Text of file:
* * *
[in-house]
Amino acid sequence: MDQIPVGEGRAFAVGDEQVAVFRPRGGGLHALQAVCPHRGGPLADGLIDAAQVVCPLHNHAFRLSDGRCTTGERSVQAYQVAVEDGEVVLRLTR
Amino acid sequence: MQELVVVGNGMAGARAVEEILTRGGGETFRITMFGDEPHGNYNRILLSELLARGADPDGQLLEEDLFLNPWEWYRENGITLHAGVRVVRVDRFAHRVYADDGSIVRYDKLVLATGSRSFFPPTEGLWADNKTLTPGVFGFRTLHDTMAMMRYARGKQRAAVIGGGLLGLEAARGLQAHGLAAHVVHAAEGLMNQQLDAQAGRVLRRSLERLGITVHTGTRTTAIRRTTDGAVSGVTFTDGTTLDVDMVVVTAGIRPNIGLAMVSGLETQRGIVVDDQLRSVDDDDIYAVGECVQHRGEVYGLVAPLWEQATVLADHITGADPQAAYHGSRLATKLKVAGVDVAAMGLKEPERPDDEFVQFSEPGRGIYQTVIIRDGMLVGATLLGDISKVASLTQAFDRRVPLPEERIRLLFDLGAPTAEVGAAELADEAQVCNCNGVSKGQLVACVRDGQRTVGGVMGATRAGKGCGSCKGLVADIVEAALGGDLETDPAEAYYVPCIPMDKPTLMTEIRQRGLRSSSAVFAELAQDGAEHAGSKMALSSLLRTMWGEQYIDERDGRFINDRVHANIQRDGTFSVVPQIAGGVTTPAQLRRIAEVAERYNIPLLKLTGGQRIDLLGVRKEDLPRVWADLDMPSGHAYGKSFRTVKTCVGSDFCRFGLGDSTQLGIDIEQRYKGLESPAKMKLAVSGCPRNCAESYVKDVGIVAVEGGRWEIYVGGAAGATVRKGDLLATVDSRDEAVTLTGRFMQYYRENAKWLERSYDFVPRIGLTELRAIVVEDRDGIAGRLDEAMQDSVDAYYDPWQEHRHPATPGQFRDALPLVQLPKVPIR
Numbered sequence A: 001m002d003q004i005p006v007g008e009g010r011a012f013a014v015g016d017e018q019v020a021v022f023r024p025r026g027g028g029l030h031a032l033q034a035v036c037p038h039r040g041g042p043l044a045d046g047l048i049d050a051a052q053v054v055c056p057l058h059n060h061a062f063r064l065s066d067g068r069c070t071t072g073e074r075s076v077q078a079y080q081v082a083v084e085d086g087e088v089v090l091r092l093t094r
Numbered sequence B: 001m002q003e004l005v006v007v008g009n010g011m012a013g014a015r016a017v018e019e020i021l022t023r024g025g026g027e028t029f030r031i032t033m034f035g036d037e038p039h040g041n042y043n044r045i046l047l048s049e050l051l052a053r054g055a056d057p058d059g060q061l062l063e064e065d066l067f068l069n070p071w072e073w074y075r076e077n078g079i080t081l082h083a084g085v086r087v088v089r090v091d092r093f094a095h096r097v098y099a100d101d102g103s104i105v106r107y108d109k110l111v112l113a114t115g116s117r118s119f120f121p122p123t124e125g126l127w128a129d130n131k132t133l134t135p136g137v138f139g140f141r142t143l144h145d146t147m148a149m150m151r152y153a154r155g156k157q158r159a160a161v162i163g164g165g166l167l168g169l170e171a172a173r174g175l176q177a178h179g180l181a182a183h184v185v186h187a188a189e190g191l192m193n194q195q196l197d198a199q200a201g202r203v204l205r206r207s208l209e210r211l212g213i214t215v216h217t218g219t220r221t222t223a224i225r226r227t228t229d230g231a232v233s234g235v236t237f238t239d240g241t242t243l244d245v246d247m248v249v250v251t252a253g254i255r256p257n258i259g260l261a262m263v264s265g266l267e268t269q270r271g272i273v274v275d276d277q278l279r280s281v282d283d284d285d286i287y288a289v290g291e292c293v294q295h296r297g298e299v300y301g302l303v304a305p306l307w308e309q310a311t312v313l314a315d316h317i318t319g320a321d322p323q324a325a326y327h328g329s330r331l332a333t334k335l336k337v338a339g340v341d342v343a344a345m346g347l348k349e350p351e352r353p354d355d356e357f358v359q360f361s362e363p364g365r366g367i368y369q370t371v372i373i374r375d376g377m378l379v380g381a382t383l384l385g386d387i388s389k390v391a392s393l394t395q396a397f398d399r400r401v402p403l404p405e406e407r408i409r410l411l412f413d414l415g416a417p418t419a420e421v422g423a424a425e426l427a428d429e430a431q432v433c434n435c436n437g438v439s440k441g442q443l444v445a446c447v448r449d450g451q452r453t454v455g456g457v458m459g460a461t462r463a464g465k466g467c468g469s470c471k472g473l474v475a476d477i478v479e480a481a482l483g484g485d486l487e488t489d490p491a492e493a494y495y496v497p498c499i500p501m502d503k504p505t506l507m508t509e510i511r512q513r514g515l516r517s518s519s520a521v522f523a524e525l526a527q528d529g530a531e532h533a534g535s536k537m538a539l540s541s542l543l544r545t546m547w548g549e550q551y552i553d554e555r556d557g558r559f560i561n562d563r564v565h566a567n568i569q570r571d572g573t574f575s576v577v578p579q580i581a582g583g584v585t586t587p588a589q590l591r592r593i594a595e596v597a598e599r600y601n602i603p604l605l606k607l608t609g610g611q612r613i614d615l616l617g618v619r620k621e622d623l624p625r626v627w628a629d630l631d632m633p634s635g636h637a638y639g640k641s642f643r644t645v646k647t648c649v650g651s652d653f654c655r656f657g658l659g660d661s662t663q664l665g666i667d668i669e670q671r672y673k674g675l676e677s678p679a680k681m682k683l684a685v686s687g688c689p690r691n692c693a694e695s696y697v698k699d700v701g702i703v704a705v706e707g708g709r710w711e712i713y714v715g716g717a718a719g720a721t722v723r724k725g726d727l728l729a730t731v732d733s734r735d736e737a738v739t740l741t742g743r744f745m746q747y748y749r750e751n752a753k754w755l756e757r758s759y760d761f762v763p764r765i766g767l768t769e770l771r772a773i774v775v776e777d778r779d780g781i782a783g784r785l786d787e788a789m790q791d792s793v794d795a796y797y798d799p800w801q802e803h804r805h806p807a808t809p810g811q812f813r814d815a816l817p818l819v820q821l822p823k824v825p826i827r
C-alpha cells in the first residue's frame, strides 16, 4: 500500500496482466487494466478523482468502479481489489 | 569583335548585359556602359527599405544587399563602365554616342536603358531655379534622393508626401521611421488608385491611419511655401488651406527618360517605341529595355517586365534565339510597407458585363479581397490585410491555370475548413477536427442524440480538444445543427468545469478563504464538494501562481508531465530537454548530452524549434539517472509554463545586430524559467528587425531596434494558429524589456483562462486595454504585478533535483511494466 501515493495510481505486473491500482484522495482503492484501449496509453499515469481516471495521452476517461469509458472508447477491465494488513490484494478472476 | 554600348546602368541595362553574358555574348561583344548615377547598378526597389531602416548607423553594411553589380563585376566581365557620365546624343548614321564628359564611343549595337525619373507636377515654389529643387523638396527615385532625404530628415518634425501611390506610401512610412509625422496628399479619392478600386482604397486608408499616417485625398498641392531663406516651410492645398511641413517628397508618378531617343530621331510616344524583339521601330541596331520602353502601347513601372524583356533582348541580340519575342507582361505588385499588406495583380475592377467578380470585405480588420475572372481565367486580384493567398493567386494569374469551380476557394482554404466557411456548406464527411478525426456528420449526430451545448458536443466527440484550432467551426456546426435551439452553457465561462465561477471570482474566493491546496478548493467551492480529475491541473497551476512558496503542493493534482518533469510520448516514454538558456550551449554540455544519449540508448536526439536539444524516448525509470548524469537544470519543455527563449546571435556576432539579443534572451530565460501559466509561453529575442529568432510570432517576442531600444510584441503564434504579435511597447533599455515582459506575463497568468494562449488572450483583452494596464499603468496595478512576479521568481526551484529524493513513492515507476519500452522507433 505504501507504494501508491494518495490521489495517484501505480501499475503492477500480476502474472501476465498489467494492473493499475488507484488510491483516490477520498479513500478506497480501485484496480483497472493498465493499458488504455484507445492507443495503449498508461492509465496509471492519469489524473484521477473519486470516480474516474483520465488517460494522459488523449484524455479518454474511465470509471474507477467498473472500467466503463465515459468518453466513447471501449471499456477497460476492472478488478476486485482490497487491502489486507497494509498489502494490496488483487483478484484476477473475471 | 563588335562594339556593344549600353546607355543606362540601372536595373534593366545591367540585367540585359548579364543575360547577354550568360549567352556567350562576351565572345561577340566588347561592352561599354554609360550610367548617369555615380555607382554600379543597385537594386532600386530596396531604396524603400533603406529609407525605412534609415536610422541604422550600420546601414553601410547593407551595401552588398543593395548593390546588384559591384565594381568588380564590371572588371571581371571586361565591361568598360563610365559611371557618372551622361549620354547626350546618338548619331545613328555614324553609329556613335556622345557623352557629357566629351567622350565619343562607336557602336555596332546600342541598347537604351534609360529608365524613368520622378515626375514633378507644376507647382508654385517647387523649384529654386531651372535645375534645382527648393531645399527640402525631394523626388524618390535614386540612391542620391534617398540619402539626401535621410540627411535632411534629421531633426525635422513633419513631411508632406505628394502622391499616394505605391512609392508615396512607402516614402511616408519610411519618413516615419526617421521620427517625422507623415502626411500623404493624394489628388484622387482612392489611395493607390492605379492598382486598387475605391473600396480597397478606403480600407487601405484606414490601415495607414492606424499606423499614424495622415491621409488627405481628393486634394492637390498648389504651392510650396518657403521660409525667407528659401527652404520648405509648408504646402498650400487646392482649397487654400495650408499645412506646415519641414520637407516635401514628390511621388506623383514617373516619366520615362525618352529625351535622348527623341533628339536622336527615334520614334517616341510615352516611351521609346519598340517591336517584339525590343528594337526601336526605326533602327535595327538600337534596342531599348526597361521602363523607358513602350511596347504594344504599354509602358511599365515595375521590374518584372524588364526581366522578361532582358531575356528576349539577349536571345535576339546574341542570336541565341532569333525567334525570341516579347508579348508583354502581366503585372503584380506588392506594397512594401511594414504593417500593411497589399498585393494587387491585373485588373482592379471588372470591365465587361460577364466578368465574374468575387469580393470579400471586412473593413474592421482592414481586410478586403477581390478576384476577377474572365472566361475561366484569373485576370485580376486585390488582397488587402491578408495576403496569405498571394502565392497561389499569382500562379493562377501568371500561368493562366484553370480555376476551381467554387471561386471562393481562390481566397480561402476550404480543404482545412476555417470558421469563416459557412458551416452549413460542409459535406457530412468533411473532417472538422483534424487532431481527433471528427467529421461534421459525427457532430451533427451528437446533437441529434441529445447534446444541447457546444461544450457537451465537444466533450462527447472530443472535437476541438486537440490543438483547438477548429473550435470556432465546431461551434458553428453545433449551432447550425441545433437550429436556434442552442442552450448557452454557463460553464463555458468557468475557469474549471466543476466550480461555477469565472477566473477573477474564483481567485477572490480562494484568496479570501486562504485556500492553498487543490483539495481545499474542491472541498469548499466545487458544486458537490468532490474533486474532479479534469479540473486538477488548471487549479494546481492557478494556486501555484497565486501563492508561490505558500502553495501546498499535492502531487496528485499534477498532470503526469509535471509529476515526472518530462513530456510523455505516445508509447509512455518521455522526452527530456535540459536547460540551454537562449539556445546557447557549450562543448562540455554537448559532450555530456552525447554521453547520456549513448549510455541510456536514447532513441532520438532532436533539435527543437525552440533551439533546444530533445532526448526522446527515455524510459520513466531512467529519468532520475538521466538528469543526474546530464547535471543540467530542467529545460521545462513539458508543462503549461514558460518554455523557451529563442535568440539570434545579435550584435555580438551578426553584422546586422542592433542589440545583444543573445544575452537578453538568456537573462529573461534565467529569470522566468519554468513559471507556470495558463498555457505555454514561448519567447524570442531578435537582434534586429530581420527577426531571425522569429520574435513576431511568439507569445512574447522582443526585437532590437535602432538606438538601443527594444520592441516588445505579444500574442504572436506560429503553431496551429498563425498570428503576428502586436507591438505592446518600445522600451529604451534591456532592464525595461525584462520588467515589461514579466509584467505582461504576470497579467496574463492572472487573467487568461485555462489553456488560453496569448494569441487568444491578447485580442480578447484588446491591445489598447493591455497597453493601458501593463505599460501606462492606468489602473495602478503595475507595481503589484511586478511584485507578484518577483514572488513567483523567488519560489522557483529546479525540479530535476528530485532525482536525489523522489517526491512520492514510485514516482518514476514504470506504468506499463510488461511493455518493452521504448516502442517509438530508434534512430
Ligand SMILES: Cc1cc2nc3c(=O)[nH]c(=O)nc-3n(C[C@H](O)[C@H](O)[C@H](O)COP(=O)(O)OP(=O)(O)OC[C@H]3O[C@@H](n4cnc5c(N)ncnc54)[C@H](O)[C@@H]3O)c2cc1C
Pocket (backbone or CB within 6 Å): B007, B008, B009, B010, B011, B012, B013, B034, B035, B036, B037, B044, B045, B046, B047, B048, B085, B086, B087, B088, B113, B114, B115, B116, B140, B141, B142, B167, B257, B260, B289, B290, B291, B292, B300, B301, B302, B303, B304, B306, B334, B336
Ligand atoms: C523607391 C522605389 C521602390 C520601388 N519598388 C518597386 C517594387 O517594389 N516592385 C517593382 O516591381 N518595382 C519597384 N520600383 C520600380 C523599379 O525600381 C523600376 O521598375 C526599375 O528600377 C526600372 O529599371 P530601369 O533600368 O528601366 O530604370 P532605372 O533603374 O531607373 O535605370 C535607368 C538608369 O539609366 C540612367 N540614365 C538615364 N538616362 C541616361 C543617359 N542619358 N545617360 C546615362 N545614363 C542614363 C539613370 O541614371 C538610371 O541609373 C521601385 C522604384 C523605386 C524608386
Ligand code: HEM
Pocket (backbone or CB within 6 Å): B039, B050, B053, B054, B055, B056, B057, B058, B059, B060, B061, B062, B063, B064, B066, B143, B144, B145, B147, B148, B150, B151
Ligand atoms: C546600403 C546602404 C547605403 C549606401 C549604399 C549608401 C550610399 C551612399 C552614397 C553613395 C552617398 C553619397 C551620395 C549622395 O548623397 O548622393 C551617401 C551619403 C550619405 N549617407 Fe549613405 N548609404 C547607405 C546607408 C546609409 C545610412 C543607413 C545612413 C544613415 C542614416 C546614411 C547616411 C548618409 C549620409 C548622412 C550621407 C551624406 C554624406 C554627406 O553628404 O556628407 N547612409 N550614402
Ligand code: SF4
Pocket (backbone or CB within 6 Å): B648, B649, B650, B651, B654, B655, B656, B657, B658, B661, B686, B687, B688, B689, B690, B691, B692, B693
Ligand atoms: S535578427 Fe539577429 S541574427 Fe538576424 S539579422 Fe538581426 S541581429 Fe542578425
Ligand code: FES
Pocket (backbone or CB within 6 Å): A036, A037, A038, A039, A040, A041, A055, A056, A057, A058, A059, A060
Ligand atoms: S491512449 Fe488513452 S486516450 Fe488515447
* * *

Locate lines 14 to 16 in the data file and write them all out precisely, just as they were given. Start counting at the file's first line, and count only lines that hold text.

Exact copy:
Pocket (backbone or CB within 6 Å): B648, B649, B650, B651, B654, B655, B656, B657, B658, B661, B686, B687, B688, B689, B690, B691, B692, B693
Ligand atoms: S535578427 Fe539577429 S541574427 Fe538576424 S539579422 Fe538581426 S541581429 Fe542578425
Ligand code: FES